Friday 22 January 2021

When words fail: "Quo Vadis, Aida?"

The Sarajevo-born writer-director Jasmila Zbanic has marked the 25th anniversary of the siege of Srebenica, that defining moment in the Balkan conflict, with Quo Vadis, Aida?, a film about a woman in the very middle of the middle of it. A teacher in peacetime, the eponymous heroine (Jasna Đuričić) has been recruited locally to interpret for the UN in their negotiations between the two factions. It's a crucial role: she doesn't just get to sit in the room, she also plays an active part in attempting to secure and reshape the region's future, determining what requires translation and what's best left unrepeated in the interests of keeping the lines of communication open. Very quickly, we pick up the stress involved; it's hardly a surprise Aida is most often observed with a cigarette on the go. The grave pressure doesn't relent once negotiations break down and the shelling begins, displacing thousands from their homes. One of Aida's sons makes it inside the UN's compound, hastily converted into a shelter, before the barriers come down; but the other is shut out, along with his father Nihad (Izudin Bajrovic). The method Aida alights upon to restore family unity is inventive, opportunistic and perhaps a little underhand - in other words, exactly the kind of choice people make in life-or-death situations. How wise it is will be called into question, minute-by-minute, scene-by-scene, as this situation develops. History tells us the siege will end badly. (A closing caption tallies the death count: 8,372.) What's up in the air for the duration of Zbanic's film is what exactly the damage will look like.

It's a thriller, then, but not one of those fun ones that steer us towards a final righting of wrongs and an unambiguously happy and reassuring ending. No, this is one of those thrillers - horror-thrillers, perhaps - which fill you with uncertainty and nag away at your guts. As if the wider tension of the negotiations failing wasn't enough, Aida finds herself zigzagging between stonefaced factions of men in military garb, and set upon by the refugee contingent - which includes many of her friends and neighbours - who attribute to her a power she doesn't really have within the UN chain of command. At best, she's a hired hand; at worst - and everything here tends to lean in that direction - she's apt to be regarded by the warring factions as one of them, innately compromised and therefore just about as disposable as anybody else on site. The advantage the character presents as a heroine is that she has mobility and access. Unlike those friends and neighbours, left sitting in place for much of these 100 minutes, caught between a rock and a hard place before finally being marched along straight lines towards their historical destiny, Aida has workarounds, ways out - or at least she thinks she does. That's enough to keep the film moving, even if it's just around the grimly functional interiors of the overrun, increasingly embattled compound.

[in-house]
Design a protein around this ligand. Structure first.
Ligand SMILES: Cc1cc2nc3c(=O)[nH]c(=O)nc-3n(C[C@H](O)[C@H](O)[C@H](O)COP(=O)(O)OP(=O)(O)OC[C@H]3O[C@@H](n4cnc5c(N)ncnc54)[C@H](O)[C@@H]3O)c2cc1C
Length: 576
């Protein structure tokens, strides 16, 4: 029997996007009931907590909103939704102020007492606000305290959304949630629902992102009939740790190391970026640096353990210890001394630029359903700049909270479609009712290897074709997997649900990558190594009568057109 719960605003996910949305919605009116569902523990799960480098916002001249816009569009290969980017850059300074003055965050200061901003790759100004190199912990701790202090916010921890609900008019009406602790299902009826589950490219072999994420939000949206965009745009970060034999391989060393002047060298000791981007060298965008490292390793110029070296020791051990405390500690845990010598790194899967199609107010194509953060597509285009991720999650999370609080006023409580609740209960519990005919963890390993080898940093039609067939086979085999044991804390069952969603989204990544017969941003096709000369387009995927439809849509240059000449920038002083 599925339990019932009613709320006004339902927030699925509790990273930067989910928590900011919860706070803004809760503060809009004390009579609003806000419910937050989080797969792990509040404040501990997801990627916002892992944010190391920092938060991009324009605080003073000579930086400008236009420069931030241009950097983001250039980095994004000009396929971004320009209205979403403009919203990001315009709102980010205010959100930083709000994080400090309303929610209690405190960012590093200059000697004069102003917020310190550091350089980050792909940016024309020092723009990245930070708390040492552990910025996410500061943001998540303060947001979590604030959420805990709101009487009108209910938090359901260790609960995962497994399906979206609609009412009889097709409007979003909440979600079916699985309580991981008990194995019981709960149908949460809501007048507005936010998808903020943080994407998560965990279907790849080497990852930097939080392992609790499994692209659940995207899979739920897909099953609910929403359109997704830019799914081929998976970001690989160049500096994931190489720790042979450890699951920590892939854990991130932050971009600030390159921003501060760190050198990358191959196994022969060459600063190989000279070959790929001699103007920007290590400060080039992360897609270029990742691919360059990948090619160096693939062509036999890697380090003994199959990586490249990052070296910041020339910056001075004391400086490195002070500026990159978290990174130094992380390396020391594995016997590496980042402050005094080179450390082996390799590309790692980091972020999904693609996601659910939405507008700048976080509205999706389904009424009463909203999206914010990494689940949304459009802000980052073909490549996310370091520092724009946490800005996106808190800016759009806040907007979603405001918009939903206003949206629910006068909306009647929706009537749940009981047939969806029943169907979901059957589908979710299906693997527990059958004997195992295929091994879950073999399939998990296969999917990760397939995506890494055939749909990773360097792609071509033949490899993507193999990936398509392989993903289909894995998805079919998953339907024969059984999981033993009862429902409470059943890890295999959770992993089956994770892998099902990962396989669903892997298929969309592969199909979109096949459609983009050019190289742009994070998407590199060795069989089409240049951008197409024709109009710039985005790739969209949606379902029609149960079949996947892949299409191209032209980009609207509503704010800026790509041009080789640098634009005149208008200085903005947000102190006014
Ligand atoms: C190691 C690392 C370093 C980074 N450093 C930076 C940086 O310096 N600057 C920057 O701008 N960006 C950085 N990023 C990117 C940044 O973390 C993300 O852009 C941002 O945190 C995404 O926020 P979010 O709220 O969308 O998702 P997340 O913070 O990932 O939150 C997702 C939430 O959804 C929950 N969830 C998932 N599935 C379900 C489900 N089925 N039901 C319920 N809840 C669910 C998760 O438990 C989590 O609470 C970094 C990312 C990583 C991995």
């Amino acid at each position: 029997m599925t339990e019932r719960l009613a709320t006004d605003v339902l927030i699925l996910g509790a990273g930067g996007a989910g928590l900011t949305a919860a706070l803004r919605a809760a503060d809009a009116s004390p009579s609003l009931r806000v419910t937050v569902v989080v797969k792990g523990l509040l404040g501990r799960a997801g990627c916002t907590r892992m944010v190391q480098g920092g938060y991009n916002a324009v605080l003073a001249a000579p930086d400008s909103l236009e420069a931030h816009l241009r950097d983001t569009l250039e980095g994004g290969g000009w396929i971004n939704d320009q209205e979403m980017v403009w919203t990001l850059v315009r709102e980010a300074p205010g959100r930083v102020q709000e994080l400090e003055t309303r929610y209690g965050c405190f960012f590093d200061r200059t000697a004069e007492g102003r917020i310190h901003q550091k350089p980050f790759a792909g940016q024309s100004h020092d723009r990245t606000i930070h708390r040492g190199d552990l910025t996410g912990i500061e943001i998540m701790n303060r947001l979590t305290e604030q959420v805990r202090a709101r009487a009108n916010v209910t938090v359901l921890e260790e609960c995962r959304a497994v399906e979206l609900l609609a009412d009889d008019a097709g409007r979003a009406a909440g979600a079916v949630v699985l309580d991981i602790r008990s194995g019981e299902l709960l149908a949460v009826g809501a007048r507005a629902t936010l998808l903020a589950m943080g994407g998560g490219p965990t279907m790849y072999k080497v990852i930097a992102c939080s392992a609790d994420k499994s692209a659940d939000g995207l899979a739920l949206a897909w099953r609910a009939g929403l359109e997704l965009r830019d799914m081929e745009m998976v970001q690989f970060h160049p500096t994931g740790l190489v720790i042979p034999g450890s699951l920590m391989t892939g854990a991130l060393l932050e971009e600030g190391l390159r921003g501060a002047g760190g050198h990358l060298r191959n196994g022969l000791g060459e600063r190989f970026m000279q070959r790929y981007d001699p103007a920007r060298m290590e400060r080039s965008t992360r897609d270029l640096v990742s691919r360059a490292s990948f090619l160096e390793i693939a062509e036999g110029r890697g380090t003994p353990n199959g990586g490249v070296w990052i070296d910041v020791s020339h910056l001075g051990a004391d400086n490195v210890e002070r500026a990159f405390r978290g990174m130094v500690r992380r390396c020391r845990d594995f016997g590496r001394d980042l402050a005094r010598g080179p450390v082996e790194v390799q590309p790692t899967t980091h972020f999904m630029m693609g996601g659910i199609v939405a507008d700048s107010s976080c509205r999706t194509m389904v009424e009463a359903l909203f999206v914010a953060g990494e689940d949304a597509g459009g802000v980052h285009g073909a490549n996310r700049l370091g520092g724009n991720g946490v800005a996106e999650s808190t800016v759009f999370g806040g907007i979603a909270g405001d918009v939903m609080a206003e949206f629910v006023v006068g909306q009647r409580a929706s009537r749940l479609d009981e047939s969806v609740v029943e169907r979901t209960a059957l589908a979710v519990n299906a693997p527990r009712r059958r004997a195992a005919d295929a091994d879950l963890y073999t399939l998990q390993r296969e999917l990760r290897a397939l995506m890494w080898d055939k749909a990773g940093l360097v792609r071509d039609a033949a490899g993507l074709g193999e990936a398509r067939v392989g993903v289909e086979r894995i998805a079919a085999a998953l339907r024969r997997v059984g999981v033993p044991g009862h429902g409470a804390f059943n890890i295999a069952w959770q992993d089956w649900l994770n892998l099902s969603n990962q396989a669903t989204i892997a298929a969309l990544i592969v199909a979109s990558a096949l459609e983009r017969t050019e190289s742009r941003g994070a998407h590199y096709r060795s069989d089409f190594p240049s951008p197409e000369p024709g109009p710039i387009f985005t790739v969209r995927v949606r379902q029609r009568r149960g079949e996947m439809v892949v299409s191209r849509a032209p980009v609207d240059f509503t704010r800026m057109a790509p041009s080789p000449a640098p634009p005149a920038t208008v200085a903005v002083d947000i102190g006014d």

Zbanic stages her crowd scenes - boasting hundreds of extras, representing the thousands of lives at stake in Srebenica - with great assurance, and adds a subtly affecting coda that gestures towards what it must have been like to live on in a country that was no longer recognisable; that appeared to have moved on, with so much business left unfinished and so many questions left unanswered. Yet our eyes are continually drawn towards this one representative woman, treading water in the midst of deadly sociopolitical turbulence. Keeping a schoolmarm's wits about her, Aida sees what's coming down the line when one faction sends bread to feed the refugees and buses to round them up; from a soldier's casually loaded inquiry about her son, she senses some personal animus is being pursued here, and that it's likely to end in bloodshed. She's certainly more alert than her UN colleagues, depicted as either wet-liberal soft touches or wet-nosed kids, hopelessly out of their depth when confronted by the grizzled war machines who swagger into shot, chief among them Ratko Mladic (Boris Izakovic). But this was one of those occasions where to be ahead of the game provided no consolation: Đuričić gives off a harried, nervous energy that transmits all too easily to the viewer. This would not be a good film to put yourself in front of if your New Year's resolution was to give up smoking - but it's a powerful one in many other respects. Zbanic eventually answers the question framed by her own title with a rare moral clarity and force. Where were the Balkans headed circa 1995? Towards outrage, carnage, infamy; towards images that require no translation whatsoever.

Quo Vadis, Aida? is available to stream from today via Curzon Home Cinema.

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